A quarter of a million Syrian children living under siege: Report
BEIRUT – Agence France-Presse
AP PhotoAt least 250,000 Syrian children are living under siege, with many forced to eat animal feed or leaves to survive, where less than 1 percent of people had received United Nations food last year and only 3 percent received health assistance, Save the Children said March 9, as the war’s fifth anniversary looms.
“There are regularly stories of children dying because they couldn’t get the emergency aid and medical care that they needed,” Sonia Khush, Save the Children’s regional Syria director, told reporters.
According to the United Nations, some 486,700 people live in besieged areas - 274,200 people in areas besieged by the government, 200,000 in areas besieged by Islamic State and 12,500 people in areas besieged by opposition groups.
“They and their families are cut off from the outside world, surrounded by warring groups that illegally use siege against civilians as a weapon of war,” the charity said in a report.
“At least a quarter of a million children are living under brutal siege in areas of Syria that have effectively been turned into open-air prisons,” it added.
With doctors operating without electricity and “sick children dying while the medicine they need is on the other side of a checkpoint,” the report paints a grim picture based on the testimonies of families, aid workers, medics and teachers in besieged areas.
Doctors working in a rebel bastion east of Damascus have seen children die from preventable diseases.
“Some deaths resulted from malnutrition and others from the lack of medications and vaccines. Children here have died of rabies because the vaccine was not available,” said one only identified as Dr Nizar.
Obstetric care is often non-existent in besieged areas like in the north of Homs province.
“Many deaths have happened due to bleeding and the inability to perform surgery, as births occurred at home without the help of midwives,” said Amira, a mother in the battered province.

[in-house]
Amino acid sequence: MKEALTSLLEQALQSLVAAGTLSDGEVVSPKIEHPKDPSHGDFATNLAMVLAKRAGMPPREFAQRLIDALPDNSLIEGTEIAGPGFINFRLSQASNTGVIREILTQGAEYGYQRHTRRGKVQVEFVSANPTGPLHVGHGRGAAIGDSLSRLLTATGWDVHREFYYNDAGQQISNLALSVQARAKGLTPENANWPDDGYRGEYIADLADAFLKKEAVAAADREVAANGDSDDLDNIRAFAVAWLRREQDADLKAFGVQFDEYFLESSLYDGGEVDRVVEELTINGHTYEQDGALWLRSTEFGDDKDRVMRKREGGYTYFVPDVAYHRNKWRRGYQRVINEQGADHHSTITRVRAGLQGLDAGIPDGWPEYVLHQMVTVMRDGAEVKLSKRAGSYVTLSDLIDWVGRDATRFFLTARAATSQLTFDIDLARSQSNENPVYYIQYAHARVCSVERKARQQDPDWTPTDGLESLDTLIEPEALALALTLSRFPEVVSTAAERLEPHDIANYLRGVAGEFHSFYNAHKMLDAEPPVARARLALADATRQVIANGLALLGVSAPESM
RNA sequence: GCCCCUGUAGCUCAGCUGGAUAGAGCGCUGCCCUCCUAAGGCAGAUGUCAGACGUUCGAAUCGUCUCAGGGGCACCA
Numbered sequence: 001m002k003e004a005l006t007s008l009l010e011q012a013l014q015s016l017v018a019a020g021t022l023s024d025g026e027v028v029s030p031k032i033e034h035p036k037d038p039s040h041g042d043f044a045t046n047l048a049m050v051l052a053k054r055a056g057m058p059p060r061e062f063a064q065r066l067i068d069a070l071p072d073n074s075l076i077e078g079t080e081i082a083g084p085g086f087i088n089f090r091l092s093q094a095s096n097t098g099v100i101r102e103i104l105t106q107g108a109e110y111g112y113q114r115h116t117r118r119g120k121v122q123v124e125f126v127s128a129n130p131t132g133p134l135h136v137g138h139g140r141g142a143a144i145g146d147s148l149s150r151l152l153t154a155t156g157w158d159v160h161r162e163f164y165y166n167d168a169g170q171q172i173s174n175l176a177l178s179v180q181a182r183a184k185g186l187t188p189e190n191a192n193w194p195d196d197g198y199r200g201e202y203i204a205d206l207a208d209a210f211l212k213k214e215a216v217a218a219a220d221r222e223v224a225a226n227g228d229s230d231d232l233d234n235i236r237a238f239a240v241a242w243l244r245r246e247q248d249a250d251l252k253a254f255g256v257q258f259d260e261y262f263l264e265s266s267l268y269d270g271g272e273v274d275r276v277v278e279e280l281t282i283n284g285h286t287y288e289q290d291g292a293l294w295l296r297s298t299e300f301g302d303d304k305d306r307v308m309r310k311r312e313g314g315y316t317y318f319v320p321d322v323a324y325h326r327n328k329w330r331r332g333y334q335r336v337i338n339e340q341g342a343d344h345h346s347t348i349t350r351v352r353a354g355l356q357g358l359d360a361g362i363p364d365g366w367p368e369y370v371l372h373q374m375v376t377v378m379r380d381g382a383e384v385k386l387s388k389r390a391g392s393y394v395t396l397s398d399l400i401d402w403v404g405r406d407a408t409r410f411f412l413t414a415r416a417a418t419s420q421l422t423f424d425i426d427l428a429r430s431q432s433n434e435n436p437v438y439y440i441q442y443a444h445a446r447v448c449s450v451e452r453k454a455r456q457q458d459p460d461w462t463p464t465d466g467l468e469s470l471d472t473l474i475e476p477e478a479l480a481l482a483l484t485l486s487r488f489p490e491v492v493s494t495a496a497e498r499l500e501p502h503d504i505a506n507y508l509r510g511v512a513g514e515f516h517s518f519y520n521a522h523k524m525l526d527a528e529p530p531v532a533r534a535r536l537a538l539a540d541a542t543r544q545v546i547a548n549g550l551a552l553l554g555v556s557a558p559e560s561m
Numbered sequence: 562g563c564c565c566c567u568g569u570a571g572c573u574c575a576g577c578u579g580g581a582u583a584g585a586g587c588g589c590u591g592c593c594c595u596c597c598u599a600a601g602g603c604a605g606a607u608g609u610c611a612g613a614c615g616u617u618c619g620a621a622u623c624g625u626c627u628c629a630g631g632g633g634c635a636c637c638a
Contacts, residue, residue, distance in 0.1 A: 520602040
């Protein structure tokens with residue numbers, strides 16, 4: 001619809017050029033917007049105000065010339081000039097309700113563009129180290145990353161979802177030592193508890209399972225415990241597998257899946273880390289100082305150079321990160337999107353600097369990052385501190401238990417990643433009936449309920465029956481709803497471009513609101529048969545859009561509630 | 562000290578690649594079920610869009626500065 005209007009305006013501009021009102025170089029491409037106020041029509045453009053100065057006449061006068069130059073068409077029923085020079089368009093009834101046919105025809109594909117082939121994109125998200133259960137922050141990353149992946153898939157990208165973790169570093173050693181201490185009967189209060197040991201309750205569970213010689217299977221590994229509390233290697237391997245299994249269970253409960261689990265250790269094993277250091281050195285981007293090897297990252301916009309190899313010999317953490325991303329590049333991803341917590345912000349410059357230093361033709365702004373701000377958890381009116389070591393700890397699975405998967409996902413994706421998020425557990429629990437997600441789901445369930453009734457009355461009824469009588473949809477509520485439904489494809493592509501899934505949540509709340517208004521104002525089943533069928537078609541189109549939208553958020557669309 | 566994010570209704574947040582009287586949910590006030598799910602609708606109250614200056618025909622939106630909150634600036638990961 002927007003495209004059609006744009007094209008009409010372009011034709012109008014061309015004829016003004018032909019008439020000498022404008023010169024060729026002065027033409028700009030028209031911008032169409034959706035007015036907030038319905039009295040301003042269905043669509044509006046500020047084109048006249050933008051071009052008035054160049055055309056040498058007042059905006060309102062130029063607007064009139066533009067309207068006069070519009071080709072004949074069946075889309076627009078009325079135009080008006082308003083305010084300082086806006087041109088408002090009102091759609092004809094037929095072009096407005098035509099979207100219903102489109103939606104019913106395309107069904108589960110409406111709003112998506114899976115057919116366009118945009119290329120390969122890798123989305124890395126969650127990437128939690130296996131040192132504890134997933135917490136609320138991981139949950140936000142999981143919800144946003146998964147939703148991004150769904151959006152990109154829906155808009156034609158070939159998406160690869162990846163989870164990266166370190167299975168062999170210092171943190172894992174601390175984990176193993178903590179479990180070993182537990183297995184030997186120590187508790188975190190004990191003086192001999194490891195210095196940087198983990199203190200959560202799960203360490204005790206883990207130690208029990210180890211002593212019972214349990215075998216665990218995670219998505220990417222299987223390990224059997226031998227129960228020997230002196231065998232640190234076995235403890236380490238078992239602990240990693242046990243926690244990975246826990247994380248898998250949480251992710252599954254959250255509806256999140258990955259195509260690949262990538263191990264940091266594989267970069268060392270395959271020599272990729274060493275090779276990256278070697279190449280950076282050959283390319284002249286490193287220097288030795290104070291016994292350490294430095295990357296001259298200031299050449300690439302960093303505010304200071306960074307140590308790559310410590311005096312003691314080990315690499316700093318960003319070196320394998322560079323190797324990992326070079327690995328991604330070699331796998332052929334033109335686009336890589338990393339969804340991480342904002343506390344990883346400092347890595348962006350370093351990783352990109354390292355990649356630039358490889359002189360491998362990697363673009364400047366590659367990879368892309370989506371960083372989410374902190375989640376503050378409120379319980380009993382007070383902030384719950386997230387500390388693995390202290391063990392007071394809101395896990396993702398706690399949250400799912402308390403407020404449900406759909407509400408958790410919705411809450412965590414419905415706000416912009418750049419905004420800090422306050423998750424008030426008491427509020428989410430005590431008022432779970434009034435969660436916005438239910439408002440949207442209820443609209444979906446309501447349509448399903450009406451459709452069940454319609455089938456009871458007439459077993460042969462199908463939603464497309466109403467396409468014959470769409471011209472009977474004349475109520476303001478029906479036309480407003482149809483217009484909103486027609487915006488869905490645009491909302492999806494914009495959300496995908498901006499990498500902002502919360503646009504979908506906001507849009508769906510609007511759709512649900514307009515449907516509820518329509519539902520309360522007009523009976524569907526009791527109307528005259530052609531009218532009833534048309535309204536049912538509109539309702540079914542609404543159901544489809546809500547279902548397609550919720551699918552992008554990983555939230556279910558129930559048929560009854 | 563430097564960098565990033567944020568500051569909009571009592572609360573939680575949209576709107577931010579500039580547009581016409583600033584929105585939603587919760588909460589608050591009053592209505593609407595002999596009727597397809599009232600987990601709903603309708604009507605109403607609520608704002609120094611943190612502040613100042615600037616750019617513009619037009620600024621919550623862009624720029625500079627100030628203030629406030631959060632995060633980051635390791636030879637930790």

“There are no incubators available for newborn children. Infants have died as a result,” said Aboud, a health worker near Damascus.
Food is in short supply in besieged towns across Syria, with some areas completely cut off, leaving children with nothing to eat but animal feed or grass.
“When we didn’t find food, we were eating grass. I used to lie to my children and tell them that the grass is edible. But who am I kidding? The grass wasn’t edible,” said Hassan, a father from Deir Ezzor near Iraq.
Many families interviewed by Save the Children said they were sometimes unable to eat even once a day.
“Since the siege began I’ve lost a third of my weight,” said Marwan, a boy living under siege east of Damascus.
Instead of fleeing aerial bombings throughout winter, besieged Syrian children ran towards devastated buildings to search for broken furniture that could fuel fires for warmth and cooking, said a Syrian aid worker as the country marks five years of war.
The aid worker - who spoke on condition of anonymity because her group was operating without Syrian government approval - said despite the dangers of unexploded devices or further bombs the children still ran toward the sites of attacks.
“We’ve seen a lot of children ... running to collect the furniture,” she said, according to Reuters. “They wanted to use the wood in heating and cooking.”